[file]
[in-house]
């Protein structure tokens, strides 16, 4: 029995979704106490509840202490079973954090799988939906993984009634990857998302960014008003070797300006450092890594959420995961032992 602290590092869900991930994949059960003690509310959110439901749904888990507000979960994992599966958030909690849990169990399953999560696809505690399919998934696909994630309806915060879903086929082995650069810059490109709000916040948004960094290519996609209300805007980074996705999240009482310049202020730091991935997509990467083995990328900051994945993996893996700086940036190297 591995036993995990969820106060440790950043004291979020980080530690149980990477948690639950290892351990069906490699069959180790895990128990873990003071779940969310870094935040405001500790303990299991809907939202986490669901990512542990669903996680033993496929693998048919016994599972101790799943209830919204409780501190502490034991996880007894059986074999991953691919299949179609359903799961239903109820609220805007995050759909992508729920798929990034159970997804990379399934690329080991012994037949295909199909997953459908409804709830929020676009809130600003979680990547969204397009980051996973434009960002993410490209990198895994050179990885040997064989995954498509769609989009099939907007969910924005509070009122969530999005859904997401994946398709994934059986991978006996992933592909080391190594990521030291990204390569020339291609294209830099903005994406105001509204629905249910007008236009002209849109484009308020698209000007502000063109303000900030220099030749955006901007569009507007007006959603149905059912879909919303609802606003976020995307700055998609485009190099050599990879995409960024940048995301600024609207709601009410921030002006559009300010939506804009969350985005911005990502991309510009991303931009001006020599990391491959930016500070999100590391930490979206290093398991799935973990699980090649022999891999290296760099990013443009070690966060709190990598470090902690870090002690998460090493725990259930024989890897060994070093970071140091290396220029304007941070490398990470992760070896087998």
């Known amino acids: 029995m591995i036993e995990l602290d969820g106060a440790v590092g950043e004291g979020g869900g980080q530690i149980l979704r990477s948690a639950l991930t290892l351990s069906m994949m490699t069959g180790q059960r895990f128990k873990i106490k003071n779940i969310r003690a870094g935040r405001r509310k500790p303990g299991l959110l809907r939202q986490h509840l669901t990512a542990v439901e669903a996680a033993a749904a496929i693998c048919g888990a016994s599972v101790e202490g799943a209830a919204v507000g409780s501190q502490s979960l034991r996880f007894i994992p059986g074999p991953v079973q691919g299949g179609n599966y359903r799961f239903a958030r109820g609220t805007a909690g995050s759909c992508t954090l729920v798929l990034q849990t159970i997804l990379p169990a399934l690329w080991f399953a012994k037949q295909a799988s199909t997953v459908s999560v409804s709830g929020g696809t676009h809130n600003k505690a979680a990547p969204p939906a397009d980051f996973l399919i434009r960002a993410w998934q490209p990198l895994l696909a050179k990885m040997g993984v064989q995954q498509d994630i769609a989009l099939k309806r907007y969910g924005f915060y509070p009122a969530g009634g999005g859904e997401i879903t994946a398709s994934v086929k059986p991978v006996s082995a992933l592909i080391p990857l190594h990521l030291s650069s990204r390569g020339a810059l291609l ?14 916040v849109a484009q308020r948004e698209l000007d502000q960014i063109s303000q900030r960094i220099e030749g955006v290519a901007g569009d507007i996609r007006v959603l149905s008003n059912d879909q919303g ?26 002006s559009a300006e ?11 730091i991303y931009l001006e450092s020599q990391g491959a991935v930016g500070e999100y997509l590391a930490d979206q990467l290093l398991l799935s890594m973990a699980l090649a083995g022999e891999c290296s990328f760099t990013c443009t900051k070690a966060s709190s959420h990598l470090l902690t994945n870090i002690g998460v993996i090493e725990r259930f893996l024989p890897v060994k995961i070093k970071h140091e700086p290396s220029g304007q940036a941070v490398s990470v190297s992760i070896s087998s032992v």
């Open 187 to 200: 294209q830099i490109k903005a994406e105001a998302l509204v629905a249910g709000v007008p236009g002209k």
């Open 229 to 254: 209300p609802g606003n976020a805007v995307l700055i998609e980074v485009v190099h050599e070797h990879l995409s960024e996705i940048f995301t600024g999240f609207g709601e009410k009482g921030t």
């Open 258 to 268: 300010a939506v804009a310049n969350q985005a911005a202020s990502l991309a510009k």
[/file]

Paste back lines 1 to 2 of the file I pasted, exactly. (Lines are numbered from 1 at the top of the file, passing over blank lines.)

[in-house]
């Protein structure tokens, strides 16, 4: 029995979704106490509840202490079973954090799988939906993984009634990857998302960014008003070797300006450092890594959420995961032992 602290590092869900991930994949059960003690509310959110439901749904888990507000979960994992599966958030909690849990169990399953999560696809505690399919998934696909994630309806915060879903086929082995650069810059490109709000916040948004960094290519996609209300805007980074996705999240009482310049202020730091991935997509990467083995990328900051994945993996893996700086940036190297 591995036993995990969820106060440790950043004291979020980080530690149980990477948690639950290892351990069906490699069959180790895990128990873990003071779940969310870094935040405001500790303990299991809907939202986490669901990512542990669903996680033993496929693998048919016994599972101790799943209830919204409780501190502490034991996880007894059986074999991953691919299949179609359903799961239903109820609220805007995050759909992508729920798929990034159970997804990379399934690329080991012994037949295909199909997953459908409804709830929020676009809130600003979680990547969204397009980051996973434009960002993410490209990198895994050179990885040997064989995954498509769609989009099939907007969910924005509070009122969530999005859904997401994946398709994934059986991978006996992933592909080391190594990521030291990204390569020339291609294209830099903005994406105001509204629905249910007008236009002209849109484009308020698209000007502000063109303000900030220099030749955006901007569009507007007006959603149905059912879909919303609802606003976020995307700055998609485009190099050599990879995409960024940048995301600024609207709601009410921030002006559009300010939506804009969350985005911005990502991309510009991303931009001006020599990391491959930016500070999100590391930490979206290093398991799935973990699980090649022999891999290296760099990013443009070690966060709190990598470090902690870090002690998460090493725990259930024989890897060994070093970071140091290396220029304007941070490398990470992760070896087998």